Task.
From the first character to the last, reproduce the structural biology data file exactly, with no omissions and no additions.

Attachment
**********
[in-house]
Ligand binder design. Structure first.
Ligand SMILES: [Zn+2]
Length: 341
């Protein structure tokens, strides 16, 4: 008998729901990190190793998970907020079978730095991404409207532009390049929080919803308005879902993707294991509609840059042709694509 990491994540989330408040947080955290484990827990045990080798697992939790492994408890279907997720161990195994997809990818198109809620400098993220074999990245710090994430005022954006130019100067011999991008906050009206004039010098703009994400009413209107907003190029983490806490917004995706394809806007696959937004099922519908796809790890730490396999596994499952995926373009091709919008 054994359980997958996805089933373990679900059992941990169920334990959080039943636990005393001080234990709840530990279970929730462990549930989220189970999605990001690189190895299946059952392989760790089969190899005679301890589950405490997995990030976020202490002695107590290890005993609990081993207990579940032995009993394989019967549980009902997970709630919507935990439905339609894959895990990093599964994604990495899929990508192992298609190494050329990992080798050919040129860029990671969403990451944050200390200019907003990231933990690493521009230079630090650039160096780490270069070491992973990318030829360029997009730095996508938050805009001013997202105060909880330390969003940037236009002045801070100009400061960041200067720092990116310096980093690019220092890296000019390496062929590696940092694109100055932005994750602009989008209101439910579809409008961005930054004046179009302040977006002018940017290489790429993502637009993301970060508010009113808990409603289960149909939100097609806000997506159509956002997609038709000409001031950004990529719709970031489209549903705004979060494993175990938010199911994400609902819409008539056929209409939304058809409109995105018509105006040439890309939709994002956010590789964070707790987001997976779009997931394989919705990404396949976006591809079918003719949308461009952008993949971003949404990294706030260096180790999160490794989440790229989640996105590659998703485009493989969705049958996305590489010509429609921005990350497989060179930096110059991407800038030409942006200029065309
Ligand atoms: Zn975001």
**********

[in-house]
Ligand binder design. Structure first.
Ligand SMILES: [Zn+2]
Length: 341
């Protein structure tokens, strides 16, 4: 008998729901990190190793998970907020079978730095991404409207532009390049929080919803308005879902993707294991509609840059042709694509 990491994540989330408040947080955290484990827990045990080798697992939790492994408890279907997720161990195994997809990818198109809620400098993220074999990245710090994430005022954006130019100067011999991008906050009206004039010098703009994400009413209107907003190029983490806490917004995706394809806007696959937004099922519908796809790890730490396999596994499952995926373009091709919008 054994359980997958996805089933373990679900059992941990169920334990959080039943636990005393001080234990709840530990279970929730462990549930989220189970999605990001690189190895299946059952392989760790089969190899005679301890589950405490997995990030976020202490002695107590290890005993609990081993207990579940032995009993394989019967549980009902997970709630919507935990439905339609894959895990990093599964994604990495899929990508192992298609190494050329990992080798050919040129860029990671969403990451944050200390200019907003990231933990690493521009230079630090650039160096780490270069070491992973990318030829360029997009730095996508938050805009001013997202105060909880330390969003940037236009002045801070100009400061960041200067720092990116310096980093690019220092890296000019390496062929590696940092694109100055932005994750602009989008209101439910579809409008961005930054004046179009302040977006002018940017290489790429993502637009993301970060508010009113808990409603289960149909939100097609806000997506159509956002997609038709000409001031950004990529719709970031489209549903705004979060494993175990938010199911994400609902819409008539056929209409939304058809409109995105018509105006040439890309939709994002956010590789964070707790987001997976779009997931394989919705990404396949976006591809079918003719949308461009952008993949971003949404990294706030260096180790999160490794989440790229989640996105590659998703485009493989969705049958996305590489010509429609921005990350497989060179930096110059991407800038030409942006200029065309
Ligand atoms: Zn975001």